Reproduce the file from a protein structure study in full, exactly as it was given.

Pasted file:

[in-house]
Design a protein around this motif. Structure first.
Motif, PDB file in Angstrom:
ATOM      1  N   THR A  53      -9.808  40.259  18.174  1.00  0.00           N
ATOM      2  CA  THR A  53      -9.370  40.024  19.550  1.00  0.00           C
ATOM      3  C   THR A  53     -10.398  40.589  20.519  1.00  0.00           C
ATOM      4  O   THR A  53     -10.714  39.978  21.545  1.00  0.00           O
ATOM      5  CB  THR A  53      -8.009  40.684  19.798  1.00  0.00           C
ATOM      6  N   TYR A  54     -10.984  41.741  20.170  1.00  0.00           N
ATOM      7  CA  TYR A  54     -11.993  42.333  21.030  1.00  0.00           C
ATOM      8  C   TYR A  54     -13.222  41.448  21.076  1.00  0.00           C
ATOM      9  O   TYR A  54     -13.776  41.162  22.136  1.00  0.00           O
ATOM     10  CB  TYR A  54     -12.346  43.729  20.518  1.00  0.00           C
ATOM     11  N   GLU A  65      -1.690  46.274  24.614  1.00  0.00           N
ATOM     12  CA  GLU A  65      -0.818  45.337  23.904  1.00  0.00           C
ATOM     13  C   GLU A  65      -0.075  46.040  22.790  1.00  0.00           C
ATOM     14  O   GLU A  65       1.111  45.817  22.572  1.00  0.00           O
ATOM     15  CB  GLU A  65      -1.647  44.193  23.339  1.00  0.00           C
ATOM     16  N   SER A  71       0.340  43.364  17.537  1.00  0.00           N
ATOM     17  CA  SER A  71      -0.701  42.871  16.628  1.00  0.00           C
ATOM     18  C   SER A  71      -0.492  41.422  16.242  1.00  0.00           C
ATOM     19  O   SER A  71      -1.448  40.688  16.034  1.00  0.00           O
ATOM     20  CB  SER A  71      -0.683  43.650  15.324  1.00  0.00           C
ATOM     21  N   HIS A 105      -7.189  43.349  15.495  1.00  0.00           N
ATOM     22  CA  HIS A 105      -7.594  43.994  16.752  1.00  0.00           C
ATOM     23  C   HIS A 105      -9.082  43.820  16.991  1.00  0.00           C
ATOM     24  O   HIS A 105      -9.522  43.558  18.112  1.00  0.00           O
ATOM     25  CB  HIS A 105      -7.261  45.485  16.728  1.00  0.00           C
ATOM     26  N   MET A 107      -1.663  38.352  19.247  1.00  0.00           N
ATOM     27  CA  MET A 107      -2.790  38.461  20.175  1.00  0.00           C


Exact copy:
[in-house]
Design a protein around this motif. Structure first.
Motif, PDB file in Angstrom:
ATOM      1  N   THR A  53      -9.808  40.259  18.174  1.00  0.00           N
ATOM      2  CA  THR A  53      -9.370  40.024  19.550  1.00  0.00           C
ATOM      3  C   THR A  53     -10.398  40.589  20.519  1.00  0.00           C
ATOM      4  O   THR A  53     -10.714  39.978  21.545  1.00  0.00           O
ATOM      5  CB  THR A  53      -8.009  40.684  19.798  1.00  0.00           C
ATOM      6  N   TYR A  54     -10.984  41.741  20.170  1.00  0.00           N
ATOM      7  CA  TYR A  54     -11.993  42.333  21.030  1.00  0.00           C
ATOM      8  C   TYR A  54     -13.222  41.448  21.076  1.00  0.00           C
ATOM      9  O   TYR A  54     -13.776  41.162  22.136  1.00  0.00           O
ATOM     10  CB  TYR A  54     -12.346  43.729  20.518  1.00  0.00           C
ATOM     11  N   GLU A  65      -1.690  46.274  24.614  1.00  0.00           N
ATOM     12  CA  GLU A  65      -0.818  45.337  23.904  1.00  0.00           C
ATOM     13  C   GLU A  65      -0.075  46.040  22.790  1.00  0.00           C
ATOM     14  O   GLU A  65       1.111  45.817  22.572  1.00  0.00           O
ATOM     15  CB  GLU A  65      -1.647  44.193  23.339  1.00  0.00           C
ATOM     16  N   SER A  71       0.340  43.364  17.537  1.00  0.00           N
ATOM     17  CA  SER A  71      -0.701  42.871  16.628  1.00  0.00           C
ATOM     18  C   SER A  71      -0.492  41.422  16.242  1.00  0.00           C
ATOM     19  O   SER A  71      -1.448  40.688  16.034  1.00  0.00           O
ATOM     20  CB  SER A  71      -0.683  43.650  15.324  1.00  0.00           C
ATOM     21  N   HIS A 105      -7.189  43.349  15.495  1.00  0.00           N
ATOM     22  CA  HIS A 105      -7.594  43.994  16.752  1.00  0.00           C
ATOM     23  C   HIS A 105      -9.082  43.820  16.991  1.00  0.00           C
ATOM     24  O   HIS A 105      -9.522  43.558  18.112  1.00  0.00           O
ATOM     25  CB  HIS A 105      -7.261  45.485  16.728  1.00  0.00           C
ATOM     26  N   MET A 107      -1.663  38.352  19.247  1.00  0.00           N
ATOM     27  CA  MET A 107      -2.790  38.461  20.175  1.00  0.00           C